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Mike shares the secrets of the faith.

Focus on Faith’s Fetters

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The letter I!t doesn't look like much, does it?

When I first saw Faith's Fetters, I mistakenly assessed it as nothing more than the latest in a long line of White "Pacifism" enchantments (Arrest, Cage of Hands, and so forth). I thought, "Well here's one of these cards show up in every block, high picks in draft usually, but are rarely exciting in Constructed in those few instances when they see play." Besides being largely underwhelming for the purpose of 60 (75) card decks, since Pacifism, the line of defensive Auras has for the most part also gotten more expensive; Arrest offers a little bit more than Pacifism… but costs a little bit more. Cage of Hands offers a little more versatility than most Auras, but, again, is a mana more expensive. That latter card was probably the best Constructed example in this group because of in-Block buddy Tallowisp, but without that Spirit (which, incidentally was outmoded by Saviors of Kamigawa)? Cage of Hands, as with the Scions of Pacifism as a class, have never been the kinds of cards - even answer cards - that I have ever really wanted for Constructed options. At twice the cost of Pacifism, I just didn't think Faith's Fetters would be very good, and even said so: "People don't play Pacifism at two mana, I don't know that gaining four life makes it much more attractive at four."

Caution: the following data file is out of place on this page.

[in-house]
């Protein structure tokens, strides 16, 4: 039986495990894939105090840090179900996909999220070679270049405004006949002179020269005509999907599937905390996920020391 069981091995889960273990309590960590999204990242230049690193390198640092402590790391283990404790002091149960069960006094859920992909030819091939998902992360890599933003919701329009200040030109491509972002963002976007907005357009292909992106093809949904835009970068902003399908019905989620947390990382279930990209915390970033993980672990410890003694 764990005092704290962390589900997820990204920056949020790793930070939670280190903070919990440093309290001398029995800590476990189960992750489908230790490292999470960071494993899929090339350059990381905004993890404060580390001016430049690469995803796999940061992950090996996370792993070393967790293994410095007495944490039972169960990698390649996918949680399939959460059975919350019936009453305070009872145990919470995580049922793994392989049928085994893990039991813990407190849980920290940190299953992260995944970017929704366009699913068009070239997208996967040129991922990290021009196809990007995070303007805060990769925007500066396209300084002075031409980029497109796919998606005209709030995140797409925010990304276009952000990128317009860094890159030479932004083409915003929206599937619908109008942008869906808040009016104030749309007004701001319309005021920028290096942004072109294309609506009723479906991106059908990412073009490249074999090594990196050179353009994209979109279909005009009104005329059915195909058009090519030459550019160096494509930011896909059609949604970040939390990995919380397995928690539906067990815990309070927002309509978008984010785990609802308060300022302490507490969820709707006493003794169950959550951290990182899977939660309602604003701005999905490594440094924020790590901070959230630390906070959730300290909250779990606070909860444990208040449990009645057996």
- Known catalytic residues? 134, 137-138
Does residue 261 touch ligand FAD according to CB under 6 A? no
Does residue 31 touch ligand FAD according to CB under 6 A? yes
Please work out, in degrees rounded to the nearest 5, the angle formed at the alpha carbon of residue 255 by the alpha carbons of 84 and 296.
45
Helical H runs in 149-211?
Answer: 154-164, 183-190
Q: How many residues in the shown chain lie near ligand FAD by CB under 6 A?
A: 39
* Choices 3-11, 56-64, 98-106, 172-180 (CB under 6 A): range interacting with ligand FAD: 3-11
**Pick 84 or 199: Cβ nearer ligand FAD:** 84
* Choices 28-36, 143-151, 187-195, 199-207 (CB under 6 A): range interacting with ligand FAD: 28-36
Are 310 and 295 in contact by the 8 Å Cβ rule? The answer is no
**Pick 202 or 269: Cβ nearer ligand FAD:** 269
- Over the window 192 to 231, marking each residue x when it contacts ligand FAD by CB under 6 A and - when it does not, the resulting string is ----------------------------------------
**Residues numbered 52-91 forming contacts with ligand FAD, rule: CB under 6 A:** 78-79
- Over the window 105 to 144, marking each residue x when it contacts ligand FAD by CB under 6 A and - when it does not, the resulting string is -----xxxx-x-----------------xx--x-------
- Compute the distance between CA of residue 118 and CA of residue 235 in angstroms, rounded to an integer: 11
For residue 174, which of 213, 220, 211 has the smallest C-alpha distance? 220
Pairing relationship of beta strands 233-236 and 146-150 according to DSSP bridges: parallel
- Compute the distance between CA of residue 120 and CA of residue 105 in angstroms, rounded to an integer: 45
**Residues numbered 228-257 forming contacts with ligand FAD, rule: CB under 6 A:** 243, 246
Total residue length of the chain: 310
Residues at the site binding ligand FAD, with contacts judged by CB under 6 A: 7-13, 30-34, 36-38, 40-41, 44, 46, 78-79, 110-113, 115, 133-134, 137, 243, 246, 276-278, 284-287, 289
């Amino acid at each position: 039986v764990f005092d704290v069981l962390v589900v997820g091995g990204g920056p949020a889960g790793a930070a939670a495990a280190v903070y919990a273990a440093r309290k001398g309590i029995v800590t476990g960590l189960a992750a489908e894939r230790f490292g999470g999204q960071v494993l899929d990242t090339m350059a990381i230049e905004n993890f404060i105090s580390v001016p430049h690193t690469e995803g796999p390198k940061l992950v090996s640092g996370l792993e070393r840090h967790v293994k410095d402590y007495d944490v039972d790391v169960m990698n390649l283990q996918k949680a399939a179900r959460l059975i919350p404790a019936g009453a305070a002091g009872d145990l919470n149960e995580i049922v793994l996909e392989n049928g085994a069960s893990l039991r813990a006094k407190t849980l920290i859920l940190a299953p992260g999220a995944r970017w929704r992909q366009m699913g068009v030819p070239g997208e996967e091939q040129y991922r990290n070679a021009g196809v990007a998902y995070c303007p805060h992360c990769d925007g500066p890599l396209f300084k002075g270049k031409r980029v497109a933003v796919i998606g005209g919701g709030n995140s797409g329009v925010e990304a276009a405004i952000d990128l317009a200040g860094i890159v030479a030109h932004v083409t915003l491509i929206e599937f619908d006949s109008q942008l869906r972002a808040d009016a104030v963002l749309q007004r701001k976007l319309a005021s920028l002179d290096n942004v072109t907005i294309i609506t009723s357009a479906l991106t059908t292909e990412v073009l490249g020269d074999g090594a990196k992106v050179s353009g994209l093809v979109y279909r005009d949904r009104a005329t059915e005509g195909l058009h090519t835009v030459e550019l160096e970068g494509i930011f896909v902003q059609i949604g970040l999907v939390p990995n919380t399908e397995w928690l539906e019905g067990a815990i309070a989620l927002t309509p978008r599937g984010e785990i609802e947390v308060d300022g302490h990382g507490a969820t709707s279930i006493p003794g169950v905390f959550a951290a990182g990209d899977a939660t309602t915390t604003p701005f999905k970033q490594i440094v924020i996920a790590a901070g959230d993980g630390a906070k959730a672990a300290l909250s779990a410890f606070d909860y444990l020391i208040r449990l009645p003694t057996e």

To say my first impression of Faith's Fetters was wrong would be an understatement on the level of "Necropotence was a popular tournament card." In only four or five short months, Faith's Fetters has proven itself to be one of Standard's staple answer cards, finding a place in not only decks like Enduring Ideal - where its card type and veritable Swiss Army Knife palette of defensive capabilities allow it to both serves multiple purposes and synergistically go long game once the “combo” has been achieved - but in decks as disparate as G/W Ghazi-Glare to four-color Ninja (which doesn't even touch on decks like Fungus Fire or Fungus Rock). My mistake in evaluating this card is that I initially thought it could only target creatures, when in fact Faith's Fetters gets workouts with threats like Greater Good and Vitu-Ghazi, the City-Tree on a regular basis.

Just look at the Top 8 from this past World Championships. Faith's Fetters made it into three decks with vastly different plans, where they all used the same card for vastly different reasons:



What “Wins a Game?”